Day in the Life of a Commuter Student

Published 4 years ago -

Katherine O’Neil – STAFF WRITER

Most students at Assumption wake up at 9:15 a.m. for a 9:30 a.m. class. They get up, get dressed, perhaps eat breakfast then walk five minutes to class. For commuters, the journey to class is a little more taxing.

Commuter student Jillian Bates ’21 of Marlborough wakes up at 8 a.m. for her 9:30 class. An entire hour and a half before the class even starts, Jillian begins preparing for the day. Including the commute home, it makes her day much longer than typical students on campus.

The average drive to campus for commuters is between 15-30 minutes, but some students travel every day from Rhode Island or Connecticut. For a small school, Assumption has more commuters than people may realize. According to the registrar, this academic year, 284 students commute, nearly 15 percent of the student body.

Bates lived on campus her freshman year, but decided to make the switch this semester.

“I did not like living at school and feeling isolated and looking for things to fill my time. I don’t like school being my whole life and wanted the freedom to do other things outside of school,” said Jillian.

Jillian lives roughly 25 minutes from campus. It is not a long commute, but it is just long enough so that she does not have the luxury of stopping back home if she forgot something, or popping home for a quick nap between classes.

Her choice to commute to  Assumption was something Jillian thought about when arranging her schedule for this semester.  She made sure to register only for classes that were scheduled for Mondays, Wednesdays, and Fridays. Although that sounds convenient, it also means that she has five classes in one day, three days a week, which is a lot of work.

Alyssa Saunders ’22, also from Marlborough, is among the 284 commuters. Saunders knew right from the beginning that she did not plan to live on campus.

“By commuting, I am able to work, see my younger sister and not have to worry about living with someone else,” said Alyssa.

Saunders takes classes every weekday but spends her time on the weekends working at a local restaurant.

“I waitress a few nights a week and over the weekend. All of the shifts I work start at 4:30, so I just made sure that my classes end at least an hour before,” said Saunders.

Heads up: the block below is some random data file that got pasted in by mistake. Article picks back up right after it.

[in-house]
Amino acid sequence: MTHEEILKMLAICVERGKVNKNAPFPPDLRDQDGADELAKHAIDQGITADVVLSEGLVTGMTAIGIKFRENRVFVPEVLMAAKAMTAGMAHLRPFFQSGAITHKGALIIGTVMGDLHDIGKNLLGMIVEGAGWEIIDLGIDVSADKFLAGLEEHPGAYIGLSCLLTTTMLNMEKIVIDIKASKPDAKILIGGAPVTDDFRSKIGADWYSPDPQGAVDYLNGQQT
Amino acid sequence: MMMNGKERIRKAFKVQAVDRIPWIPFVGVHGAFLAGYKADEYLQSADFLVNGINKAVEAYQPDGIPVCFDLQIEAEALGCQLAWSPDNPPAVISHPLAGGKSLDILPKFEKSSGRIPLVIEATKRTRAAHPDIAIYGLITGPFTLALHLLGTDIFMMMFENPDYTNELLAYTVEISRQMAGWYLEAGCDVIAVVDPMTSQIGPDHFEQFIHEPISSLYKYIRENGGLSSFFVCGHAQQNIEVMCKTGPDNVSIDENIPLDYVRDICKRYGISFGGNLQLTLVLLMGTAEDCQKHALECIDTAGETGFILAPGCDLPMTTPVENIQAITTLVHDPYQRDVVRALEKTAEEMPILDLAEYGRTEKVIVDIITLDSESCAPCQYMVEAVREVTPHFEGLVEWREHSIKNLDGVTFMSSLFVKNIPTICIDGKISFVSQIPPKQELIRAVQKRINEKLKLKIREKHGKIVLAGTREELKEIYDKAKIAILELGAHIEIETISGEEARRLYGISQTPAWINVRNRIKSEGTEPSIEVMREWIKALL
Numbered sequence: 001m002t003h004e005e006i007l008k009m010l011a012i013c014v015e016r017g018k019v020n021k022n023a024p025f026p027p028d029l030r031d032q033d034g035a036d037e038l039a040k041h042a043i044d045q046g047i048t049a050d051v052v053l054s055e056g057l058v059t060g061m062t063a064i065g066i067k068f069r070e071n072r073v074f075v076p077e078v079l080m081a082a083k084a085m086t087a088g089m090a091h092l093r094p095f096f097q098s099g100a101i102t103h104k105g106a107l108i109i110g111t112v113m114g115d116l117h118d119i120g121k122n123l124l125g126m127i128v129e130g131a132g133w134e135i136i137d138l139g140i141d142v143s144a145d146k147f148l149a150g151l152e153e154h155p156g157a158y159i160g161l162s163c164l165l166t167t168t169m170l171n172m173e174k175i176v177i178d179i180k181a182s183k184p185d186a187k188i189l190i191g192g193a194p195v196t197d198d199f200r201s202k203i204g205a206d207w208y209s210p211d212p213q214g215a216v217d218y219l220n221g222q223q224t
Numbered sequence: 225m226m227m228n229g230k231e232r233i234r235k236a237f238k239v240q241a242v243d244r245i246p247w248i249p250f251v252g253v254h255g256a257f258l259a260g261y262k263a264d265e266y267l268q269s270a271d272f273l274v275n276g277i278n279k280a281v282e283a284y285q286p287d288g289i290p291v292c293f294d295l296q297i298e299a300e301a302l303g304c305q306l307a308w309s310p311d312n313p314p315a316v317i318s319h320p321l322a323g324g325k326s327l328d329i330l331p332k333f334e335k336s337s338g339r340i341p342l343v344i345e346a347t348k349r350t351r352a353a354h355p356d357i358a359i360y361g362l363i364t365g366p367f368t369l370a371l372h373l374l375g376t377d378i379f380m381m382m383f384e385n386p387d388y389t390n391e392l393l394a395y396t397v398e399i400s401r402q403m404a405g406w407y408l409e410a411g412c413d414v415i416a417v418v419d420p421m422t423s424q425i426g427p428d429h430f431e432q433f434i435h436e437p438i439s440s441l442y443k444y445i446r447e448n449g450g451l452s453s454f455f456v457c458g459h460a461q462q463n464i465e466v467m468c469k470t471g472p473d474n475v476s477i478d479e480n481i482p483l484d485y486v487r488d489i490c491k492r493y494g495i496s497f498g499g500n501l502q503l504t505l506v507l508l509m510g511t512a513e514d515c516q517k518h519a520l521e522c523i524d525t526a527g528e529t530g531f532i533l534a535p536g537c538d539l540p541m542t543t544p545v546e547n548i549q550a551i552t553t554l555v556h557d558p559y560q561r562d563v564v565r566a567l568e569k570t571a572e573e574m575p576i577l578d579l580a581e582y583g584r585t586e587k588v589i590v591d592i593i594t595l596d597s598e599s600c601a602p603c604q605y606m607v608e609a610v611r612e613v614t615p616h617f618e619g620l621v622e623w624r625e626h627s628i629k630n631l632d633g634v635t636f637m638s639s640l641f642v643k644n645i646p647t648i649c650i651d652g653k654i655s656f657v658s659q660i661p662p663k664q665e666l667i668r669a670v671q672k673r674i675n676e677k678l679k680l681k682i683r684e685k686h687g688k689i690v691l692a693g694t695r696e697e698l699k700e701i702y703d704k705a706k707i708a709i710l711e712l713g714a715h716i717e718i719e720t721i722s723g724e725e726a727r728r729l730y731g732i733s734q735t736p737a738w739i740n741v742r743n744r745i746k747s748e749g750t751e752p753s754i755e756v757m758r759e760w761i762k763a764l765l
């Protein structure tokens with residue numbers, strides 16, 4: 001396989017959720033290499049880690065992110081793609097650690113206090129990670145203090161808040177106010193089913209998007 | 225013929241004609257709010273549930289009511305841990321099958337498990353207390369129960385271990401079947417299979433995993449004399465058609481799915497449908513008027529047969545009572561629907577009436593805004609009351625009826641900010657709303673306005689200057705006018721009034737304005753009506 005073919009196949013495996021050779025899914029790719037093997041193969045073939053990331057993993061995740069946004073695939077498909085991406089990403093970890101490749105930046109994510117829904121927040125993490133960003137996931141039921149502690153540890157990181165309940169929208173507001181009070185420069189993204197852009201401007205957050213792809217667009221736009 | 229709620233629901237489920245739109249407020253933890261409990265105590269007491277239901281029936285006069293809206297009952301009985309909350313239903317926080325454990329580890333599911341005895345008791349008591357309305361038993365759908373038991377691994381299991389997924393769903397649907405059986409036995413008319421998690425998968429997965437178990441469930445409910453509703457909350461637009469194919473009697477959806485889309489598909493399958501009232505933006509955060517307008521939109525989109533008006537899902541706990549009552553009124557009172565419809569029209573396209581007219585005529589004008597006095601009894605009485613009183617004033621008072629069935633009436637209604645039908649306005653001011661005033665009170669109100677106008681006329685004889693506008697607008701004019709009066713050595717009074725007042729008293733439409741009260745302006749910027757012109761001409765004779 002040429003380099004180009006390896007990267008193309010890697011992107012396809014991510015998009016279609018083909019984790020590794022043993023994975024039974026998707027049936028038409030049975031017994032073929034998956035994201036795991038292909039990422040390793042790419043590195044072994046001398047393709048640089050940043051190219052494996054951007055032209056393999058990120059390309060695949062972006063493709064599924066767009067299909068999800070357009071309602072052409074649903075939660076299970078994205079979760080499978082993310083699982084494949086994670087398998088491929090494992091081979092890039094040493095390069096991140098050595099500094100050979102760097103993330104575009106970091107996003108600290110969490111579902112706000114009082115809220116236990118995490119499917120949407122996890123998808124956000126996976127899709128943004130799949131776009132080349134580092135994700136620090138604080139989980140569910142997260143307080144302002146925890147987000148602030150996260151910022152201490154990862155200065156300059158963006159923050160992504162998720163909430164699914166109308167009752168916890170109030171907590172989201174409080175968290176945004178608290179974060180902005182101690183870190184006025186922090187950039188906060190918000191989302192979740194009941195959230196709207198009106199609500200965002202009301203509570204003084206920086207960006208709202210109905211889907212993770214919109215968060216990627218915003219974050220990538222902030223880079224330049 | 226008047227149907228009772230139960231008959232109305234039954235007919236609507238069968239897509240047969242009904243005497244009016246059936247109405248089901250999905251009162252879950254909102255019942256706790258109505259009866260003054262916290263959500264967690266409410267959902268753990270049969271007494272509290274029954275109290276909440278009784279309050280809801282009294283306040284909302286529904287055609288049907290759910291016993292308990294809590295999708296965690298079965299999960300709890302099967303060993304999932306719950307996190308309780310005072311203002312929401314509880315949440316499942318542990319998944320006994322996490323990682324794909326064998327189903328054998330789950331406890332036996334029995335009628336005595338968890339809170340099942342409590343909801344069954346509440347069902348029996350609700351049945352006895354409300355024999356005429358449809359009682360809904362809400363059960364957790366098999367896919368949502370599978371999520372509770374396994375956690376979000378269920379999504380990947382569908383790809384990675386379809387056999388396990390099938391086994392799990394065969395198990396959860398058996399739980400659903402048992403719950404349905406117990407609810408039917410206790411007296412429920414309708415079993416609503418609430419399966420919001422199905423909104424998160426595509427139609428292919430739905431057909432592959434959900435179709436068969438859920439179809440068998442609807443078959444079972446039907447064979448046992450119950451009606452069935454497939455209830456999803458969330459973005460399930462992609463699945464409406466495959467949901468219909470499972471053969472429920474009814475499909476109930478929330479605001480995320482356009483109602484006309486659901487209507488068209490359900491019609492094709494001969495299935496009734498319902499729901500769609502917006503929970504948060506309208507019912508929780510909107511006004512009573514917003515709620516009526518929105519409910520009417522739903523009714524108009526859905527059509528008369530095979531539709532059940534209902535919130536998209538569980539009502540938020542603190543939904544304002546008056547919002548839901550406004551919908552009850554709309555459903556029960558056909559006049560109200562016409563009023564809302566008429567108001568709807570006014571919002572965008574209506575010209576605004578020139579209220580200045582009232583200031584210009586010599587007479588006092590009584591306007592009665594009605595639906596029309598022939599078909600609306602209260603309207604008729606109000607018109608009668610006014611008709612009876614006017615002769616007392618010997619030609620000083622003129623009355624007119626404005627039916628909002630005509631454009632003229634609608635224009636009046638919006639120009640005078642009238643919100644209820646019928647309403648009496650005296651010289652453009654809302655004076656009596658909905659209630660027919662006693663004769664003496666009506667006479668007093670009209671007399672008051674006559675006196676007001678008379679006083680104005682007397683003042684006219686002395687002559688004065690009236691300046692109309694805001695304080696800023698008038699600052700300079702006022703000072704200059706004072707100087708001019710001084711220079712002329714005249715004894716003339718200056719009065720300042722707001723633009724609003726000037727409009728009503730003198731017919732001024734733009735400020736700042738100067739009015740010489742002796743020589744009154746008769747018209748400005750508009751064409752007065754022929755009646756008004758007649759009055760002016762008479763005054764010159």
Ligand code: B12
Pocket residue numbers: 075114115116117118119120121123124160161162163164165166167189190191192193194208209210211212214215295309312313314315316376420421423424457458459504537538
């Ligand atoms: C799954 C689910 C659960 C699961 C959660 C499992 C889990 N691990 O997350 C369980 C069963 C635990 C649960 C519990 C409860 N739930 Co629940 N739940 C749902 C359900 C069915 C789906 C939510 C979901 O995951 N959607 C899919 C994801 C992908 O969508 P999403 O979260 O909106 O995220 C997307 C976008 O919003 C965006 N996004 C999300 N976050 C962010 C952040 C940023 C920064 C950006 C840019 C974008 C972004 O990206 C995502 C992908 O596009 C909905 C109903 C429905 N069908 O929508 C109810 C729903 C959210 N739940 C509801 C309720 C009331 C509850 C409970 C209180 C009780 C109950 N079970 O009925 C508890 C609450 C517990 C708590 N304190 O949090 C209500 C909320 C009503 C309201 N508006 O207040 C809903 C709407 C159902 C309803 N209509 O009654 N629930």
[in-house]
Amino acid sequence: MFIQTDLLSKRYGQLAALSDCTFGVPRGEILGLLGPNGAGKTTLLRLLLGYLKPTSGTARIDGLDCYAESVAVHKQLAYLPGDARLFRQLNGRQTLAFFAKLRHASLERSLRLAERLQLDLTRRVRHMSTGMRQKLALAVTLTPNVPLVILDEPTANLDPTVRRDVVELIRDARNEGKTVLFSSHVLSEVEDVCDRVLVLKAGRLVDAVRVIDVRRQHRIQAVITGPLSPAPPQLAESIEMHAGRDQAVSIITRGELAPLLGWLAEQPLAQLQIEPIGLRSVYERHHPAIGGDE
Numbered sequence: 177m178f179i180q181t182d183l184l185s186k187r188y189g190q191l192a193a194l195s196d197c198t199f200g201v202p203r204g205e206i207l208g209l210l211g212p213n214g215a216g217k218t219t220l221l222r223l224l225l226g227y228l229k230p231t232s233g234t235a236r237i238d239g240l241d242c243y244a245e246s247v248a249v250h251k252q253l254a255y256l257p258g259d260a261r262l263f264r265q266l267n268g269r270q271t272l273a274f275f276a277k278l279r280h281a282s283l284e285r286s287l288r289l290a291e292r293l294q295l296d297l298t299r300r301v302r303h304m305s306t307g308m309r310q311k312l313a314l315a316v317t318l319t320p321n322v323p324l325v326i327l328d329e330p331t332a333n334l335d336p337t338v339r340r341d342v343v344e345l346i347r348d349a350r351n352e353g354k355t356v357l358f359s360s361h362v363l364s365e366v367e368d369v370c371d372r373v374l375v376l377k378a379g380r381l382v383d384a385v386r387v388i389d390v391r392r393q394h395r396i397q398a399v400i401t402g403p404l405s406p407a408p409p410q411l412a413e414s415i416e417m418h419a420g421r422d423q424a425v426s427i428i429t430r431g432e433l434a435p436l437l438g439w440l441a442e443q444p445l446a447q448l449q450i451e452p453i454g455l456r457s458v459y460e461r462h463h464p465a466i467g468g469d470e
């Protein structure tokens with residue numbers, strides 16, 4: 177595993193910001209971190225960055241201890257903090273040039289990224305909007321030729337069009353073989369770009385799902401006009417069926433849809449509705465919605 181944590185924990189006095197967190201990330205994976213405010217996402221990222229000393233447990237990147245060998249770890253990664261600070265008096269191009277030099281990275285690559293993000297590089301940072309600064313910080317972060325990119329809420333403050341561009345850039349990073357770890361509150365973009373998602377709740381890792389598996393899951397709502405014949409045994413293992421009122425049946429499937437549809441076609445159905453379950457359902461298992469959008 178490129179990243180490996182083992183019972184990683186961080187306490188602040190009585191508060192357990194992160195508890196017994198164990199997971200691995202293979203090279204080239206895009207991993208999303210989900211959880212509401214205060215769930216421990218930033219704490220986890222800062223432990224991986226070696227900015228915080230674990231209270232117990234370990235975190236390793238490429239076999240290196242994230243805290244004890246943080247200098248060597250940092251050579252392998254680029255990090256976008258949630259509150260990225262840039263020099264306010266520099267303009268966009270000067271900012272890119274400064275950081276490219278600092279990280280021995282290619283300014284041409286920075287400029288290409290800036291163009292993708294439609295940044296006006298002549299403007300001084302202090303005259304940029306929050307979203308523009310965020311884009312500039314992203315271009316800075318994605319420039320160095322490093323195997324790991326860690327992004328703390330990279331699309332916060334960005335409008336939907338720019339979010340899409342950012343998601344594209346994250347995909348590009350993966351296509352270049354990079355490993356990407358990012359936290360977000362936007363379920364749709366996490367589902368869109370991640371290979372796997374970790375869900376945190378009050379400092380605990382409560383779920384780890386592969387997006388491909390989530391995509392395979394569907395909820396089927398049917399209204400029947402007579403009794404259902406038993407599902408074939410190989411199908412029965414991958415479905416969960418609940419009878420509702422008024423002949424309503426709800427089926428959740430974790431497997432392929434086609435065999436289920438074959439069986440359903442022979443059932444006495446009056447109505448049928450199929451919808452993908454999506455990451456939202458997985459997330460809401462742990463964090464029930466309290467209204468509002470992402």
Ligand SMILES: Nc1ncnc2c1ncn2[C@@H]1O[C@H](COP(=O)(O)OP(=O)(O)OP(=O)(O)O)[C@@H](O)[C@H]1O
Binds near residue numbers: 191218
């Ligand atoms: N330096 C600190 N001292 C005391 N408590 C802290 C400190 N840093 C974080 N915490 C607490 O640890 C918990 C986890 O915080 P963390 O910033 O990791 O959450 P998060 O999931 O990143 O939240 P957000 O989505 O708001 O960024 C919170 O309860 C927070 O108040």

Although not choosing to live on campus, Saunders still has the option for a meal plan and enjoys eating meals with her fellow classmates.

Why would someone choose to commute instead of live on campus?

“Lots of reasons, a few are because I needed to be able to work, I wanted to be home and be with my younger sister, it is cheaper and I am kind of a neat freak and like things a certain way,” says Saunders.

While commuting to Assumption has some advantages, there are some challenges, such as the lack of parking for commuters.

Each day when she arrives on campus, Bates feels her options are limited to either 10 spaces next to La Maison or the same amount in the Testa lot. Unfortunately,  other commuters sometimes occupy those spots.

“When there are events on campus there is pretty much no parking and people have to park in random spots that are not commuter spaces,” said Bates.

According to the Department of Public Safety, there are 26 spots designated on campus for commuters; the remaining 258 commuters vie for spots in the Upper Chapel and Plourde Lots. On days upon which significant campus events take place, commuters are permitted to park in “red” parking areas. Seeing as commuters arrive and leave campus at different times each day, the turnover is big enough where commuter parking has not been a campus wide challenge, but Public Safety is working with SGA to address parking issues.

Although commuting students may not live on campus, neither Saunders nor Bates feel left out of the Assumption community.

Both students note that the amount of campus events and activities make it possible for them to stay involved if they want, stating that neither of them have met anyone who has cared that they commute. As long as they can dedicate the time, a campus residence does not matter.

“I have joined lots of clubs and activities so I feel like a part of the school even though I am not living there,” said Saunders.

Katherine O’Neil, a senior, studies English. She is a staff writer for Le Provocateur.

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